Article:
Each week, Rose's Meat Market and Sweet Shop butchers three or four pigs. The meat becomes whiskey breakfast sausage, smoked pork chops, pancetta, porchetta, bratwurst, and chorizo. The bones? Those go to the same place: ramen.
Before relocating to Durham, Rose's owners, Justin and Katie Meddis, lived in San Francisco, home to the oldest of three remaining Japantowns in America. The couple dove into the Bay Area's food scene like noodles slipping into broth. Only when they moved eastward, to North Carolina, did they realize a good ramen can be hard to find.
But after a few noodle-less months, Rose's rolled out a new weekly lunch special. It's now their most popular one.
"We wanted to make ramen that we wanted to eat," Justin says.
Turns out, a lot of people want to eat it, too. Every Wednesday they do.
Two weeks ago, I stopped into Rose's a few minutes after it opened at eleven a.m. Nine people were already waiting for their food to come out, and more customers poured in behind me. The room reverberated with each new order: "Ramen," a woman said. "Ramen," a man said. "Ramen," another man said. "Ramen," I said. We eyed one another, almost competitively. (That day alone, Roses's served eighty bowls.)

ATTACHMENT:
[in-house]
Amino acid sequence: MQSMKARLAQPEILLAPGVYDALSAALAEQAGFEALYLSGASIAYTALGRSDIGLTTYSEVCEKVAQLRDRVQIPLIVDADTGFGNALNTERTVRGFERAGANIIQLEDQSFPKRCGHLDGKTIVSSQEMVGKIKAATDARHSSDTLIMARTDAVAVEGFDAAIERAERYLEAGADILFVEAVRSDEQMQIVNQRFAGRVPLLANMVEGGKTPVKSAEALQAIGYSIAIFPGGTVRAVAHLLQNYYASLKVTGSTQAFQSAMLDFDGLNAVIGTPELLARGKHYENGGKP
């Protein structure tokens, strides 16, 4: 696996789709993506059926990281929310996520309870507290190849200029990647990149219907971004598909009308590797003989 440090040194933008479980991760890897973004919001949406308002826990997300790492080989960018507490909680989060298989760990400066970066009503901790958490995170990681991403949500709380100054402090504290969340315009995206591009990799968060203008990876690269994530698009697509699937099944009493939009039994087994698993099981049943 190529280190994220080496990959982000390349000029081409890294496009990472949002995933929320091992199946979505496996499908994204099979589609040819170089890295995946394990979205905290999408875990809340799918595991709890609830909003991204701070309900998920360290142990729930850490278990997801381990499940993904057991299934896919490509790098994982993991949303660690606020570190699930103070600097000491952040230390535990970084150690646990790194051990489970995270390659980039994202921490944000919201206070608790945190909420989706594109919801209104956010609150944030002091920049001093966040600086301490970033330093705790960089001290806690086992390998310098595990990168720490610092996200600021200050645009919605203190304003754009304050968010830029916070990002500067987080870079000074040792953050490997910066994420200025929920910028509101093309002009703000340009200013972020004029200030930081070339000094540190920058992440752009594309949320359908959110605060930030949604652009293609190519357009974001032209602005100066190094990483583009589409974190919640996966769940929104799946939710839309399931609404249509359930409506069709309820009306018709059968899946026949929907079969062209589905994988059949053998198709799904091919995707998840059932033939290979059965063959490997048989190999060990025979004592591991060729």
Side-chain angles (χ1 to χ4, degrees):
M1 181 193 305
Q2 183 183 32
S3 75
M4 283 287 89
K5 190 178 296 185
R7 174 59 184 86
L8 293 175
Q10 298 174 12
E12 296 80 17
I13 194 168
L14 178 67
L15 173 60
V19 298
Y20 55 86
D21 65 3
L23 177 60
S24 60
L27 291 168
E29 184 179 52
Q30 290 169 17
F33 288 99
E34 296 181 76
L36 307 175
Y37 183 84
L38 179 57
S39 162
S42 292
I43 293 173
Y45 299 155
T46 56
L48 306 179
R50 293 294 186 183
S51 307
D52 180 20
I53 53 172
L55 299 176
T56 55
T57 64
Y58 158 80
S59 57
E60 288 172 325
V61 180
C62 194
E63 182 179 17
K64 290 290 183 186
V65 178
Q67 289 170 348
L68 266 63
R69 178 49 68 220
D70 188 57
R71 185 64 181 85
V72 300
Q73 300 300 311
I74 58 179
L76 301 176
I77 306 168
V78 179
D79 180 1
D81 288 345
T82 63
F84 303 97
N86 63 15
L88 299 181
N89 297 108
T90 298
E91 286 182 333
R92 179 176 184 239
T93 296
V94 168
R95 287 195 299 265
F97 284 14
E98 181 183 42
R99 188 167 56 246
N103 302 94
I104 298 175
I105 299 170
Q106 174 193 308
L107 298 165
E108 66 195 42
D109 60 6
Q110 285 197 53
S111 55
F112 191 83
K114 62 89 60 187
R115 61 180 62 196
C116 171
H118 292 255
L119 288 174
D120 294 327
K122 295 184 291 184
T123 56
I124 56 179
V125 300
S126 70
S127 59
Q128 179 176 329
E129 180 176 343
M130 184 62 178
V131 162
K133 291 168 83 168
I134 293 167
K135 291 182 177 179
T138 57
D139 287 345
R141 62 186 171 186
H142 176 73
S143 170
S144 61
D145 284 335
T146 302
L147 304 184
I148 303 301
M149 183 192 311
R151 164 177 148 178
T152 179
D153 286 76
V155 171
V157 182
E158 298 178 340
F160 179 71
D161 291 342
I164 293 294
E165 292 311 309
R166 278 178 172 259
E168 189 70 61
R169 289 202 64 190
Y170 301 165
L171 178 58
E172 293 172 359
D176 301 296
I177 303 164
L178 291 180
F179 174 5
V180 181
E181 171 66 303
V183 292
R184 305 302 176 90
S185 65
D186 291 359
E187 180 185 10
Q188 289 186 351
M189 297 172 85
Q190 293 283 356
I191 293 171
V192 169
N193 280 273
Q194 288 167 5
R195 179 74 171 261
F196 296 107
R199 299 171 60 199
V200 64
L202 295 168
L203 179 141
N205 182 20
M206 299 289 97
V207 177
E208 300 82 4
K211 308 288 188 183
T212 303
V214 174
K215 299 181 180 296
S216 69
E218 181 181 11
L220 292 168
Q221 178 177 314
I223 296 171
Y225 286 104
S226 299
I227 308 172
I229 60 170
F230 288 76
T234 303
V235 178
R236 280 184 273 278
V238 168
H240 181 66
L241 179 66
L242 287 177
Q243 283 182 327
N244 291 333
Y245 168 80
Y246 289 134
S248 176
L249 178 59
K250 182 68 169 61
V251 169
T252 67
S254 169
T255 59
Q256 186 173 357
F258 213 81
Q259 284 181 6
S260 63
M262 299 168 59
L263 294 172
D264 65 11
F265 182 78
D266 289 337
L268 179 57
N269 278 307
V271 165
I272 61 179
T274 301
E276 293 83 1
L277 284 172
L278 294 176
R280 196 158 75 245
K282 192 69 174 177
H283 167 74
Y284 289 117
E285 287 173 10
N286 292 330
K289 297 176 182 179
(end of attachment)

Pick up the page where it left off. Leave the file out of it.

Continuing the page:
Rose's rotates its ramen every three weeks and doesn't repeat a recipe for an entire year. The ingredients change with the seasons, so keep an eye out for the spring and summer flavors. (Green garlic, I'm coming for you.)
Winter challenges the kitchen to get creative—hence, the Japanese curry I had. Made with pork- and fish-based stock and from-scratch curry paste, the rich broth was as intense as gravy. Slow-cooked apples and carrots lent subtle sweetness and deep color to contrast the hillock of noodles.
Currently, Rose's is running a soy tonkotsu with oyster mushrooms, pork jowl, soft egg, and scallion. When I spoke with Justin late last Tuesday night, he had just set the broth on the stove. As it does every week, it stayed there, simmering and bubbling all night.